What the fuck has society come to when a moderately degrading but humorous website has become a TV game show? Twenty-somethings parading themselves up a runway to have three judges decide whether they’re hot or not? (Criteria are face, body, and overall sex appeal, in case you were wondering.) This is not healthy for society, I’m sure.

It’s bad enough that we have to deal with supermodels in ads and on television, and either consciously or subconsciously compare ourselves to them. Do we have to see the 2% of the population that almost look like them, too? And do we have to keep judging people on their looks? Weren’t we told in 4th grade that it’s what’s on the inside that counts?

Apparently our teachers were full of shit. But that’s no surprize.

Amusing distractions online

Looking for a fun and simple Flash game? Check out this hunting game… but be forewarned: losing this game is painful. In a very special way.

Ever feel like websurfing, but don’t know where to start? boingboing.net is a good place — deceptively simple-looking, and packed with amusing tidbits guaranteed to keep you busy and enthralled with the joy that is the internet.

News flash! Every U.S. resident who purchased a prerecorded music product between January 1, 1995 and December 22, 2000 is entitled to a piece of the pie. That is, since music prices were so inflated during that time (you mean they’re not still?), everyone who joins the settlement group is entitled to between $5 and $20. If the amount per settlement member drops below $5, the money will instead be donated to an appropriate charity.

William Gibson, author of such fantastic cyberpunk novels as Neuromancer and Count Zero, among others, now has a website… including a blog. Oh, by the way, he has a new book coming out: Pattern Recognition, due out in February. Visit Mr. Gibson’s website to read an excerpt.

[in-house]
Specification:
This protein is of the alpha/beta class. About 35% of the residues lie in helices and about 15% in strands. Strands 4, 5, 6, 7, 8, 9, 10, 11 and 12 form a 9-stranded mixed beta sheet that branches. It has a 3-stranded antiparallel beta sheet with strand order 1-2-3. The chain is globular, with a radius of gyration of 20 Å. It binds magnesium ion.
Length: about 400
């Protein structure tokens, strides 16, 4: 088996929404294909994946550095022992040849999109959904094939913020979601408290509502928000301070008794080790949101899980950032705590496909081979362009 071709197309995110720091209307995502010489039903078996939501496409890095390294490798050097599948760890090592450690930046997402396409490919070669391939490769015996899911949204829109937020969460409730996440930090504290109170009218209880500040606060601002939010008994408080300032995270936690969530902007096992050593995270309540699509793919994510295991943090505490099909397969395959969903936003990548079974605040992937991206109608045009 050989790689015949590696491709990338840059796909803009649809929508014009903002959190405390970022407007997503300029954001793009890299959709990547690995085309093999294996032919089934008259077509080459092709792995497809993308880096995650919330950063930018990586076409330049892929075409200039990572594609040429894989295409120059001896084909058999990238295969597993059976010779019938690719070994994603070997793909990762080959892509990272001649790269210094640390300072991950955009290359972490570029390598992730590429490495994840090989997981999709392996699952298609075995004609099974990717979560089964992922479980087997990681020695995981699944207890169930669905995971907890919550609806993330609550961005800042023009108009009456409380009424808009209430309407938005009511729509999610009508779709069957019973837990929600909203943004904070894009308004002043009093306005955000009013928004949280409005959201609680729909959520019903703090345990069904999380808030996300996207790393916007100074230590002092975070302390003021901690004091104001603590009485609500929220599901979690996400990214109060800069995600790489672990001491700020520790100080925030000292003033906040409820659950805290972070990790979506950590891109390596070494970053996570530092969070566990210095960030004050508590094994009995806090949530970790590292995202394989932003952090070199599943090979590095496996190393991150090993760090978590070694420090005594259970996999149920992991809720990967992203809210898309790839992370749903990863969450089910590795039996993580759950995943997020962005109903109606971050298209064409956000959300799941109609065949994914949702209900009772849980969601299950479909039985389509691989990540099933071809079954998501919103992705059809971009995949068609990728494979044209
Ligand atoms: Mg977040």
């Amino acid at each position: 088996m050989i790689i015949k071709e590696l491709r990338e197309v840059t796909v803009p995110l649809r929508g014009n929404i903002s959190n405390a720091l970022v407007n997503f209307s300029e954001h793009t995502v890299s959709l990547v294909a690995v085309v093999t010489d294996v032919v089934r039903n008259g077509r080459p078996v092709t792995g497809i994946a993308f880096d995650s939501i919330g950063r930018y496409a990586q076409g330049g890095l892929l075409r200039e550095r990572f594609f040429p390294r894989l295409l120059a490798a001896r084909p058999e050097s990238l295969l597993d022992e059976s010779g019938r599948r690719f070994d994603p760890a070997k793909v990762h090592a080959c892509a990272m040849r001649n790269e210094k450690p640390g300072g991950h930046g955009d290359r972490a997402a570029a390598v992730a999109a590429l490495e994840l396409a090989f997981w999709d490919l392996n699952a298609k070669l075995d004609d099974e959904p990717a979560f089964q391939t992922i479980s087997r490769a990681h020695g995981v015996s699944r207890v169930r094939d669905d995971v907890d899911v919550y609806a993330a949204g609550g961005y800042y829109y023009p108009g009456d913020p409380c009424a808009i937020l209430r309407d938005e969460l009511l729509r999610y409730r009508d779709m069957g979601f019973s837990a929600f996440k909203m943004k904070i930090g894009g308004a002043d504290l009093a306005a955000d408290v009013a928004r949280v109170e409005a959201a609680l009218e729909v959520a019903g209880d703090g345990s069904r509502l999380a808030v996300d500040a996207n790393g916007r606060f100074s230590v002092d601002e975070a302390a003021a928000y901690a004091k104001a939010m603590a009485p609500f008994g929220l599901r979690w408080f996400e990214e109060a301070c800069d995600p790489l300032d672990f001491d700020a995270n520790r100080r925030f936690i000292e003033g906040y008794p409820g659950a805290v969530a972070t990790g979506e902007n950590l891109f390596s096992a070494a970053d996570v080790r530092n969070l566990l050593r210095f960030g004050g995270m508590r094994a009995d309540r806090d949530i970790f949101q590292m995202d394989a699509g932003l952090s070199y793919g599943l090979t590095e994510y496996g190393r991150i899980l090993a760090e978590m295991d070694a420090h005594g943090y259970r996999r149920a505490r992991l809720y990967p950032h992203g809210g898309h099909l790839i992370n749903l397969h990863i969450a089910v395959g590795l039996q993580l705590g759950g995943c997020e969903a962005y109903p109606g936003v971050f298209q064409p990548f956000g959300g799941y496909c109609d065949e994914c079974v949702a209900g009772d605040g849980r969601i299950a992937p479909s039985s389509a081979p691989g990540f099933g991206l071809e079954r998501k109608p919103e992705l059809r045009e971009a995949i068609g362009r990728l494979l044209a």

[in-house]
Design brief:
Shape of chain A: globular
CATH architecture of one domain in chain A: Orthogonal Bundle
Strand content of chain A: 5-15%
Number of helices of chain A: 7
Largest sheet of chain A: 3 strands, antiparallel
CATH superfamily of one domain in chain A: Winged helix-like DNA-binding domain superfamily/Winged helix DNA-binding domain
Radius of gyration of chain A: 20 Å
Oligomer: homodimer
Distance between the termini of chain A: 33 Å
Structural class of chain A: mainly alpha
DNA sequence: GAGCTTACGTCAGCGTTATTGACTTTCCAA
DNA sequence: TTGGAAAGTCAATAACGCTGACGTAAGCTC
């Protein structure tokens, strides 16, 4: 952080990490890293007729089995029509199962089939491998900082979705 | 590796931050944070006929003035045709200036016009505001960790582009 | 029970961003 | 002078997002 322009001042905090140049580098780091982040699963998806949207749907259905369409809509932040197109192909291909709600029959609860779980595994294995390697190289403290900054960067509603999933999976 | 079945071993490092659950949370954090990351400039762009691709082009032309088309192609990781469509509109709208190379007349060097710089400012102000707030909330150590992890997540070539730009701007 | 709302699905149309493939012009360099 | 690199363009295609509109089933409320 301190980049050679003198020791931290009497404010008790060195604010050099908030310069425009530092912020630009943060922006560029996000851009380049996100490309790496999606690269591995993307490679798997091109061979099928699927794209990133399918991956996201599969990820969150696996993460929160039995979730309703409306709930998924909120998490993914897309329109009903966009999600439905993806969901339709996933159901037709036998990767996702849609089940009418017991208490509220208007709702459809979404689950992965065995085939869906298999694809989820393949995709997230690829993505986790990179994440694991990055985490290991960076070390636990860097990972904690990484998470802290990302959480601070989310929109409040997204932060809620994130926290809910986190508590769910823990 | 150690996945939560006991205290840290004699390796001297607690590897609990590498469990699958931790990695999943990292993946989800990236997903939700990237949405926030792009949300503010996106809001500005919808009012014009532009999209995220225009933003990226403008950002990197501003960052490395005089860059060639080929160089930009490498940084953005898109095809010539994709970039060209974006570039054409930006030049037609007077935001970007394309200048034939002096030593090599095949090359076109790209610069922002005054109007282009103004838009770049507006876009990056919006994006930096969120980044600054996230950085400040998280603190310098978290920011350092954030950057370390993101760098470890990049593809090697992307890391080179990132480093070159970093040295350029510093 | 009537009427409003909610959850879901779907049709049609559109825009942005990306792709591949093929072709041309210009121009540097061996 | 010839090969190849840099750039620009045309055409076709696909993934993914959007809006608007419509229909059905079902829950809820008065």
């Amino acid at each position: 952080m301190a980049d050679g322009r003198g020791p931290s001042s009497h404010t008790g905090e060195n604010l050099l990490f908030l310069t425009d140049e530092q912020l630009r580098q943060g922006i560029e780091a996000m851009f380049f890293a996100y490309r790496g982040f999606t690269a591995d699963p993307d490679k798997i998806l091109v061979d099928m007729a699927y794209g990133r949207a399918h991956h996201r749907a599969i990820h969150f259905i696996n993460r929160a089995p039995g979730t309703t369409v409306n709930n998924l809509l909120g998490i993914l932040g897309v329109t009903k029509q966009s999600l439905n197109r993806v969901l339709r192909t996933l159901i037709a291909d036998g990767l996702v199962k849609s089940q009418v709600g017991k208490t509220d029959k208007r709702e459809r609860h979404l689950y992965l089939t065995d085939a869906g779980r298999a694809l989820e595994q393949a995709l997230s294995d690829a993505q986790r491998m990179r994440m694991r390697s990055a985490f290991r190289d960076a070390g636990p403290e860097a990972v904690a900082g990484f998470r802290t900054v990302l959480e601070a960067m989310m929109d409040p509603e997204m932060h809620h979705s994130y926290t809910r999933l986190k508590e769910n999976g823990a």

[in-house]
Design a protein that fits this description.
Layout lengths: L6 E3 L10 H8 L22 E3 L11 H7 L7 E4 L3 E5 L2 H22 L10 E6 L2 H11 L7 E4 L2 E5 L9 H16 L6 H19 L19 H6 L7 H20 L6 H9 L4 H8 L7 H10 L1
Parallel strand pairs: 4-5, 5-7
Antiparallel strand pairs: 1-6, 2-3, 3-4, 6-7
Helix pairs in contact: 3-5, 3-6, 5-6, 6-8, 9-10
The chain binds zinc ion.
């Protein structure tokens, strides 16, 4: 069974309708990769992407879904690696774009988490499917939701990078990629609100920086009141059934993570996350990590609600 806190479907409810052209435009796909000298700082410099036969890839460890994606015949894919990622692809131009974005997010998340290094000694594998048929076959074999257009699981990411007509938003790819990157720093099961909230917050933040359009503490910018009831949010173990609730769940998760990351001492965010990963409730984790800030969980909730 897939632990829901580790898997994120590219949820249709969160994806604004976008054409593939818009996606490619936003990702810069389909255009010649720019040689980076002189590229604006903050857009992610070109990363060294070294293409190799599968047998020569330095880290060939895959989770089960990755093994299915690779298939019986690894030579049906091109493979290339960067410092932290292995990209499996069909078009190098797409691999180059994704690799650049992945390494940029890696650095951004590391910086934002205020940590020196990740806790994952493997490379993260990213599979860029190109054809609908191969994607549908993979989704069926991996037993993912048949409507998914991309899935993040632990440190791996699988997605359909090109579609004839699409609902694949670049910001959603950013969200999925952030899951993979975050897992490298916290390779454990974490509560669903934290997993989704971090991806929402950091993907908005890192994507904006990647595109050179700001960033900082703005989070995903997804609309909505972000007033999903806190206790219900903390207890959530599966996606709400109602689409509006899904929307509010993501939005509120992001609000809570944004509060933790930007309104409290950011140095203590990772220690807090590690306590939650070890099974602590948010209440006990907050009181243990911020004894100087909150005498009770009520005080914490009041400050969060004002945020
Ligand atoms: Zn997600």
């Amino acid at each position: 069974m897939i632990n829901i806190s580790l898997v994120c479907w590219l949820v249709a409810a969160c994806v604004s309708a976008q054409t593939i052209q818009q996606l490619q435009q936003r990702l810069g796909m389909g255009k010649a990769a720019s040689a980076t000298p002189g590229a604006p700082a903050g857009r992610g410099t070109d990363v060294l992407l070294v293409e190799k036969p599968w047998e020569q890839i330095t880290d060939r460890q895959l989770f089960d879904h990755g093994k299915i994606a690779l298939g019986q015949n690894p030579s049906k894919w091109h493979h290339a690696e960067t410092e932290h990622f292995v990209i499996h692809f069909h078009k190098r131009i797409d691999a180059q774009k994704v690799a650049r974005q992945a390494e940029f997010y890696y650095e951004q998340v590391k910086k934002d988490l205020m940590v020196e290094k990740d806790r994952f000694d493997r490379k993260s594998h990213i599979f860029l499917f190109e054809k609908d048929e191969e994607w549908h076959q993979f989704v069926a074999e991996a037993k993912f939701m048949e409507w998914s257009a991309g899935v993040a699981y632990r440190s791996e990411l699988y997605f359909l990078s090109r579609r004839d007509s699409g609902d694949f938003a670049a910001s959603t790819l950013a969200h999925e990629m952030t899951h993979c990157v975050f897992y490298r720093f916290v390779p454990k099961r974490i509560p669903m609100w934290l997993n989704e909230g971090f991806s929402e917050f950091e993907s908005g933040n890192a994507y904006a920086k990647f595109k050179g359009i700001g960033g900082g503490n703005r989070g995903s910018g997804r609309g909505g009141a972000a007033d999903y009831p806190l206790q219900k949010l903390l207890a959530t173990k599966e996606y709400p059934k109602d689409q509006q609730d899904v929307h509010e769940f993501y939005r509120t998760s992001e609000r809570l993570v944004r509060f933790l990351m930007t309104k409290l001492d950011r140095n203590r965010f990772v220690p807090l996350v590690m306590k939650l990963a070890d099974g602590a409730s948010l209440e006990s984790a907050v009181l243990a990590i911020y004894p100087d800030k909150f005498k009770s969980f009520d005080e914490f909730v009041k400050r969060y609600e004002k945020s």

Gibson on Gibson:

Google me and you can learn that I do it all on a manual typewriter, something that hasn’t been true since 1985, but which makes such an easy hook for a lazy journalist that I expect to be reading it for the rest of my life. I only used a typewriter because that was what everyone used in 1977, and it was manual because that was what I happened to have been able to get, for free. I did avoid the Internet, but only until the advent of the Web turned it into such a magnificent opportunity to waste time that I could no longer resist. Today I probably spend as much time there as I do anywhere, although the really peculiar thing about me, demographically, is that I probably watch less than twelve hours of television in a given year, and have watched that little since age fifteen. (An individual who watches no television is still a scarcer beast than one who doesn’t have an email address.) I have no idea how that happened. It wasn’t a decision.

I do have an email address, yes, but, no, I won’t give it to you. I am one and you are many, and even if you are, say, twenty-seven in grand global total, that’s still too many. Because I need to have a life and waste time and write.

I suspect I have spent just about exactly as much time actually writing as the average person my age has spent watching television, and that, as much as anything, may be the real secret here.

And now for something completely different… paper cameras. Not disposable cameras — paper cameras. As in, a camera without the camera. As in, origami photopaper = pinhole camera.

Hey, Schavitz! Here’s a companion for your robot dog!

The Operation: the fine art of pornographic film. The streaming RealVideo doesn’t work, but there are stills galore. Filmed entirely in infrared, this film is both erotic and eerie. …At least, it looks like it is.

OK, OK… that’s enough randomness for one night. But wasn’t it fun?

(Note to self: Use red-eye reduction on new camera to avoid future demon-spawn photos. Post initial roll of new-camera photos soon.)

"…A Brand New Car!"

[insert “Price is Right” theme here]

[spoken in Rod Roddy announcer voice:]
That’s right, folks! Diana Cook and Aaron Schnuth are now the proud owners of a brand new 2003 Kia Spectra! Diana can now drive to work in style in this pepper-red four-door sedan! Complete with AM/FM/CD Stereo, Air Conditioning, and an Automatic Transmission, this gem is sure to make the happy couple into the talk of the town… [end Rod Roddy voice]

No shit. We are joint-owners of a car loan for the next five years. Along with it comes a damn spiffy new vehicle, though. 🙂 If our new car were to be fabricated inside The Matrix construct, it would look like this:

Anyway, this saves us enormous car-related stress when going on road trips (i.e. ‘will the car make it back alive’), it saves me cab fare (sort of… I think the car payment might be higher…), and it makes both of us mobile. We’re both insured on both cars, so whichever car is at the end of the driveway is the lucky winner of the moment.

Come visit on New Year’s, and you can see the new car… nudge, nudge…

Local flavor experience